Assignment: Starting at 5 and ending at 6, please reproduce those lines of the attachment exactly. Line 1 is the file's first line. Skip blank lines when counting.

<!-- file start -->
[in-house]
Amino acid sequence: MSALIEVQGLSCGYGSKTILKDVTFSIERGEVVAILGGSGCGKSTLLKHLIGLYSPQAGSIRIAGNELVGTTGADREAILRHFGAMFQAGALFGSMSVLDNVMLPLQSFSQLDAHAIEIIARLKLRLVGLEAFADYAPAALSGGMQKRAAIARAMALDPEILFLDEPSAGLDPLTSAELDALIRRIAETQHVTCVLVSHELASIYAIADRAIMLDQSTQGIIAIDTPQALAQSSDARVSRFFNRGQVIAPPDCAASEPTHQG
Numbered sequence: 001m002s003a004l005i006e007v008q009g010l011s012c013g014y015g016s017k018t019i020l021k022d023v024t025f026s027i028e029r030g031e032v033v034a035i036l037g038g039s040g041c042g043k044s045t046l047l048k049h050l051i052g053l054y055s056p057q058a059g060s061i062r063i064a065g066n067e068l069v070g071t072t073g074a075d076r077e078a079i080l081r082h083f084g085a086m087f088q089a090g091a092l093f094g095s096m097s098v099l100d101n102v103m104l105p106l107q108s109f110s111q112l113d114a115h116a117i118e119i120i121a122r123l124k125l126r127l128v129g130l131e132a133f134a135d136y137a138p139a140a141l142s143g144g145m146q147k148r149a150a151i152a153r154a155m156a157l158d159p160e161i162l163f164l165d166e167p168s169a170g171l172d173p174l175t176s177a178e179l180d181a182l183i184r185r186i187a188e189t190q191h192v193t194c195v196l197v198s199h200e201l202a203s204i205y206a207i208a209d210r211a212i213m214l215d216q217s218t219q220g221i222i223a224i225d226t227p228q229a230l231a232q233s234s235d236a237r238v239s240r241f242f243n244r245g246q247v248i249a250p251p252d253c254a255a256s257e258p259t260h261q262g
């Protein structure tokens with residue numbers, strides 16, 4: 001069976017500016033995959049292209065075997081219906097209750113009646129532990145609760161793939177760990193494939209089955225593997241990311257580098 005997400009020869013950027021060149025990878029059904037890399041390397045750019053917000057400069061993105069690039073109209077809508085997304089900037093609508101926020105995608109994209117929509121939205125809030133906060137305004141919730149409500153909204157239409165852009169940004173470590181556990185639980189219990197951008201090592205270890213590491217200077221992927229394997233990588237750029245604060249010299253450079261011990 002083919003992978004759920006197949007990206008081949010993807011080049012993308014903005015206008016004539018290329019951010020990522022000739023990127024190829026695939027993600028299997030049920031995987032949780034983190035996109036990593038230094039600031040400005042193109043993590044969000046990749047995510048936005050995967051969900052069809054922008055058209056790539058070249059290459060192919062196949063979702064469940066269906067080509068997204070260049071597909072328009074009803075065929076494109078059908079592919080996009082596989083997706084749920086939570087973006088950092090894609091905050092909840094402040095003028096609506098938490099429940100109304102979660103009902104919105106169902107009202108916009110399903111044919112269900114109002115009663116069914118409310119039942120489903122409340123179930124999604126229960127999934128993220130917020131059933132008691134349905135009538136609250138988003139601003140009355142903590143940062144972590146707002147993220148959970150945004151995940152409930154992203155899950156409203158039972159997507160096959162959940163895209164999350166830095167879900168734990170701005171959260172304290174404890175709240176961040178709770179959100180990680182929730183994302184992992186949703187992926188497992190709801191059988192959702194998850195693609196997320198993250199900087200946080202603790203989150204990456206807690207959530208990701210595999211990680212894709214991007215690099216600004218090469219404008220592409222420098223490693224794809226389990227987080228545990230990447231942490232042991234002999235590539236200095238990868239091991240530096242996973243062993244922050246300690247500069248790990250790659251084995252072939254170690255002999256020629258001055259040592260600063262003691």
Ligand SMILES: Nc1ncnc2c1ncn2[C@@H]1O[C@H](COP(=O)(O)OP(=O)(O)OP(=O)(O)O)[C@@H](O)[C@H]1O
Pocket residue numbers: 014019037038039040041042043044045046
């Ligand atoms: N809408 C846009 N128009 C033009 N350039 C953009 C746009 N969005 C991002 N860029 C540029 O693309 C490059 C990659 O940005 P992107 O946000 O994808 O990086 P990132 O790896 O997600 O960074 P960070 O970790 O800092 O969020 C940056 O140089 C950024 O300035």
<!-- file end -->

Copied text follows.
Ligand SMILES: Nc1ncnc2c1ncn2[C@@H]1O[C@H](COP(=O)(O)OP(=O)(O)OP(=O)(O)O)[C@@H](O)[C@H]1O
Pocket residue numbers: 014019037038039040041042043044045046